Nevada lawmakers advanced efforts this week to bar future elected or appointed local officials and state legislators from lobbying their former colleagues immediately after leaving office.
The Assembly passed Assembly Bill 77 by a 40-1 margin Tuesday, and AB438 cleared the chamber 37-2 Monday. Both measures now head to the Senate.
“Cashing in on a former position of power and influence might give one an undue amount of influence,” said Assembly Minority Leader Pat Hickey, R-Reno, the primary sponsor of AB77.
Current law does not restrict when a state lawmaker can lobby after serving, so, in theory, a lawmaker could resign their position today and begin lobbying tomorrow. Local officials have a one-year cooling off period.
AB77 bars state legislators from lobbying until the conclusion of the next regular session after their last term in office. An amendment allows lawmakers to lobby if it is not the primary component of their new job, and if they are only lobbying for their direct employer.
“If they’re going to work as a lobbyist in the next session, my concern would be it could have an influence on folks this session with respect to a prospective employer,” Hickey said.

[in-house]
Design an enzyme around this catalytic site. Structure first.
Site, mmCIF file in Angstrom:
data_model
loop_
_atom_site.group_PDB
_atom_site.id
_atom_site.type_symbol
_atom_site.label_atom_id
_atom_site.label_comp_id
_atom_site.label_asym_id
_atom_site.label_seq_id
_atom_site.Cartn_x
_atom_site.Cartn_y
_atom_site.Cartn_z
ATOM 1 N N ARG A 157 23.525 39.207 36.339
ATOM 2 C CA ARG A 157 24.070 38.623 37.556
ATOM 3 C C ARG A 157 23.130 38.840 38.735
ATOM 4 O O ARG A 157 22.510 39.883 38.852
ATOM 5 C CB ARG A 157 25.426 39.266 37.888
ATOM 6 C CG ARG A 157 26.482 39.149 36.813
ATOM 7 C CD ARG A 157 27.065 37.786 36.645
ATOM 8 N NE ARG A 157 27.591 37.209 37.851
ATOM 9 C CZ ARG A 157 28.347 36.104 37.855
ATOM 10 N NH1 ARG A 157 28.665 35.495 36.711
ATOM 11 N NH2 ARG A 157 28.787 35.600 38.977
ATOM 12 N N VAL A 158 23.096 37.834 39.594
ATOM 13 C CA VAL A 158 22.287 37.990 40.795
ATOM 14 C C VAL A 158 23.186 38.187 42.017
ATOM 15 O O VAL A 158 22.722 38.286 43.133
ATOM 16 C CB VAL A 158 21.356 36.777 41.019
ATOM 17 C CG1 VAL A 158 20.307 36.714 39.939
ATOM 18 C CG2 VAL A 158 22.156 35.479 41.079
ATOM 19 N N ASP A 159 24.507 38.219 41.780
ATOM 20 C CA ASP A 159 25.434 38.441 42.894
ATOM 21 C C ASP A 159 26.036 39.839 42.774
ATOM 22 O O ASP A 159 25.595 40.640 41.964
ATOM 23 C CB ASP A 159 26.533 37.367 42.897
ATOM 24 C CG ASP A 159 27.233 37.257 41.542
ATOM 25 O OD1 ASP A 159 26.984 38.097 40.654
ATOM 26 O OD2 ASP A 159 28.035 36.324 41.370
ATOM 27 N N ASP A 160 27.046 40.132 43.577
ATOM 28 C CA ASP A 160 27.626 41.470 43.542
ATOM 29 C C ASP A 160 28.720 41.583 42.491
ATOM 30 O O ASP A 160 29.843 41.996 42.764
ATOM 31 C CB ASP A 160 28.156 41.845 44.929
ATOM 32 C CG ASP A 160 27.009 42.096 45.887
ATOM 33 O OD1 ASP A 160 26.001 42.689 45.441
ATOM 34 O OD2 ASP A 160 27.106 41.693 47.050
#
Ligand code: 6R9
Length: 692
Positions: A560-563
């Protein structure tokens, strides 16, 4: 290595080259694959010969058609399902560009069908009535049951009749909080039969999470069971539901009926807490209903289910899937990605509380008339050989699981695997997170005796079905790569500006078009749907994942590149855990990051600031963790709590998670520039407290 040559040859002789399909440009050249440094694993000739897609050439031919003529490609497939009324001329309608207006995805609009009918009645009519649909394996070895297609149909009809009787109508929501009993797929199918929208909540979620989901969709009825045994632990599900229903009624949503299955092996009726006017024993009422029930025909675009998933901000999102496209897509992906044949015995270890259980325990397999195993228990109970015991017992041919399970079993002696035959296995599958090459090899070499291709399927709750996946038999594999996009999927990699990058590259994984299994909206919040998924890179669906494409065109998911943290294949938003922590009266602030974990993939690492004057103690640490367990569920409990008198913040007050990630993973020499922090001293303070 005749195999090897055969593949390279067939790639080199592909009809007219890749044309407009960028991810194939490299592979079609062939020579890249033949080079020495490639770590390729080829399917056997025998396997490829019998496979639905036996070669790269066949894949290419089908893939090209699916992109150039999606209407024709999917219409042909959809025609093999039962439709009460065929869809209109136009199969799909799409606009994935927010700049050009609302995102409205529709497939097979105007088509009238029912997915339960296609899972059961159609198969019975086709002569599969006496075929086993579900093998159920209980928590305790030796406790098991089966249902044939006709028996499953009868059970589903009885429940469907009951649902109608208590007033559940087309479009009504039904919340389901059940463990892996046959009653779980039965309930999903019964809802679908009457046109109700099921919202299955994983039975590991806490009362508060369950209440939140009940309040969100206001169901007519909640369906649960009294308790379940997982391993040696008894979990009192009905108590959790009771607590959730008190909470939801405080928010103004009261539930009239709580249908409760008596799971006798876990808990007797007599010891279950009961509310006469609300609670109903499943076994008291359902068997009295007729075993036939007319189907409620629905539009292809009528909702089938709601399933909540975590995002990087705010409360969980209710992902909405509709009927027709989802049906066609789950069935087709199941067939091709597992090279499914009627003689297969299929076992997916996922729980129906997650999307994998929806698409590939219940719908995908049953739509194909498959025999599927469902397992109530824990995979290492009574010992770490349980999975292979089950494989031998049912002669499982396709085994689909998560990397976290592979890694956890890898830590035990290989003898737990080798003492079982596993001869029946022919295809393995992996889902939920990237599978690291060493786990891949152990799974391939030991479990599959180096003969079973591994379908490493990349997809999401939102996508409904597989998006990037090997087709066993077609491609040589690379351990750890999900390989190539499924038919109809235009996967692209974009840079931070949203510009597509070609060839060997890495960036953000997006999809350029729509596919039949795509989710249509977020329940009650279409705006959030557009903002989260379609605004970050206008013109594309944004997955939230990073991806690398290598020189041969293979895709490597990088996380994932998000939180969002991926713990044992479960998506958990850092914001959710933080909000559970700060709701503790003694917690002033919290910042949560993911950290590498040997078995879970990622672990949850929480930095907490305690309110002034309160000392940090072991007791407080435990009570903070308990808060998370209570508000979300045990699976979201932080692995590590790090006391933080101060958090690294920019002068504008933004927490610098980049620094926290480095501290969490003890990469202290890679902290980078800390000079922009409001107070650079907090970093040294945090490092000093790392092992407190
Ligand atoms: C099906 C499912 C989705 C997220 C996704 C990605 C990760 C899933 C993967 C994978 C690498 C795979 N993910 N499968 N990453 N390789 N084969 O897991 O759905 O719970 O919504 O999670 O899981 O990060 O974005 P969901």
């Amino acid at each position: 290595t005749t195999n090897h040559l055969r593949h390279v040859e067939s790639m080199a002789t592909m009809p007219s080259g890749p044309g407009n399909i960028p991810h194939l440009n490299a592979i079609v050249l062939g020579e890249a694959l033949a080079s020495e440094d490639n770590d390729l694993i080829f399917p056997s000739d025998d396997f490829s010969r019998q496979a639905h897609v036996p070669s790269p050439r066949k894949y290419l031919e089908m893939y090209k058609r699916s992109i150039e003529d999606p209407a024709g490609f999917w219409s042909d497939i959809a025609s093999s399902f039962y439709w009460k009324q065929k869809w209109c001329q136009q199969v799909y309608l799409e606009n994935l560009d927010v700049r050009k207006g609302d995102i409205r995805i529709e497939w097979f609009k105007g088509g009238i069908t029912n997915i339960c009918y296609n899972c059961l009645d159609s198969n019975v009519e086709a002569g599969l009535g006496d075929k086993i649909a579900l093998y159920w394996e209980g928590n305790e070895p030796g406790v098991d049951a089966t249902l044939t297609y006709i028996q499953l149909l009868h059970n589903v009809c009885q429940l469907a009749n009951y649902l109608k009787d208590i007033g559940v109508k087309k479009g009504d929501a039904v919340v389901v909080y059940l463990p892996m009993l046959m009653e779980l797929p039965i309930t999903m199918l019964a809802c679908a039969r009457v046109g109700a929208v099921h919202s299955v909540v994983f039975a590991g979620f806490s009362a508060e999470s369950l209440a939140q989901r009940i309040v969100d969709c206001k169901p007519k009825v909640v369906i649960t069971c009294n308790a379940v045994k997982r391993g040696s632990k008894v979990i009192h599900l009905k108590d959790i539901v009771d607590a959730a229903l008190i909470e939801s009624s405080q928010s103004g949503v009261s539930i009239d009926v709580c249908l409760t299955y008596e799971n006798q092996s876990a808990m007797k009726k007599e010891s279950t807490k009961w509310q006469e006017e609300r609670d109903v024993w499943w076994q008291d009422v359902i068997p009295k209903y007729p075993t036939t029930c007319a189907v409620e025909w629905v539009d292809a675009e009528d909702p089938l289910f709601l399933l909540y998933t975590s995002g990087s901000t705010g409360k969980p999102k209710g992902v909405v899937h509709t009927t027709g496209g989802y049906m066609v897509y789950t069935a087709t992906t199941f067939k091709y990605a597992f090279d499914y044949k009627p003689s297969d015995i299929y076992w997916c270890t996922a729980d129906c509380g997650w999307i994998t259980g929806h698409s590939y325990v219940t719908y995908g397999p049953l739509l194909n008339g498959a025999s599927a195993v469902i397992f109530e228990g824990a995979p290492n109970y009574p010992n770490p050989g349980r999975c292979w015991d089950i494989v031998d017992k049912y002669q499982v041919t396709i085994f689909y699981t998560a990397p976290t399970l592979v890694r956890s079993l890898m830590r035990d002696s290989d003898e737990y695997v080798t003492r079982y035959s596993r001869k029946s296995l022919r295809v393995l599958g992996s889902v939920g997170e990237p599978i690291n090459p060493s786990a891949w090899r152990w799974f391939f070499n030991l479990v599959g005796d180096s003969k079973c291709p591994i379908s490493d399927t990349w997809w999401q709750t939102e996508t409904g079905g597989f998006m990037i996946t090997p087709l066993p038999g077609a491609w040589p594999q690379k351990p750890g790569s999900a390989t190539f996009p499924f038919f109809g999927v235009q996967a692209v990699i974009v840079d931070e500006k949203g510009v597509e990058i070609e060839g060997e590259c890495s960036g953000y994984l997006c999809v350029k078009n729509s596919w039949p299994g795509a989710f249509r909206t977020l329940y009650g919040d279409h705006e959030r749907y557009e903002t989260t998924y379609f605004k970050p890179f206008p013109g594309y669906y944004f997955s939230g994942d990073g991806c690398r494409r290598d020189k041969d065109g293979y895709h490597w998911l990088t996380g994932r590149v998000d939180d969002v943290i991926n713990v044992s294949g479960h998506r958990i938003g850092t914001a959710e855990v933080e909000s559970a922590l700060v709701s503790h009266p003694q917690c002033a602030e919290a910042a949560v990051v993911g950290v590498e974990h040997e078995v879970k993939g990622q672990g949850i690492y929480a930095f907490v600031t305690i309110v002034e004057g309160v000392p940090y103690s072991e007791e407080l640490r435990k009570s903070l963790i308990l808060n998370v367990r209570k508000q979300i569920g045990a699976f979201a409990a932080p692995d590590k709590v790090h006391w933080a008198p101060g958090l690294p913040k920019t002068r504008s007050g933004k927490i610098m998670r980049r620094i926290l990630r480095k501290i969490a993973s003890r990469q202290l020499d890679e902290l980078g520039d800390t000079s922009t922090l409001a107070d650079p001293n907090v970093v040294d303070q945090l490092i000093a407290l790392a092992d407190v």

Specifically, the prospect of a current lawmaker voting on issues important to a future employer is the biggest concern, Hickey said.
Additionally, it would reduce the influence of political backscratching.
“A cooling off period puts some distance between those past ties and relationships,” Hickey said.
But not all members felt the bill was fair, because being a legislator is not a full-time career.
“We’re part-time. Once we’re gone, the Legislature shouldn’t tell me who I can or can’t work for,” said Assemblywoman Maggie Carlton, D-Las Vegas.
AB438, which was passed Monday, was spawned after an Assembly committee heard the case for restricting when state leaders can lobby. Members decided to apply similar rules to local officials, said Assemblyman James Ohrenschall, D-Las Vegas.
Current law prohibits elected or appointed officials at the local level and on the University of Nevada Board of Regents from lobbying for a year after they leave office. This bill doubles the cooling-off period.
The local officials would be allowed to communicate with the same body they served if employed by that body or another public body or agency.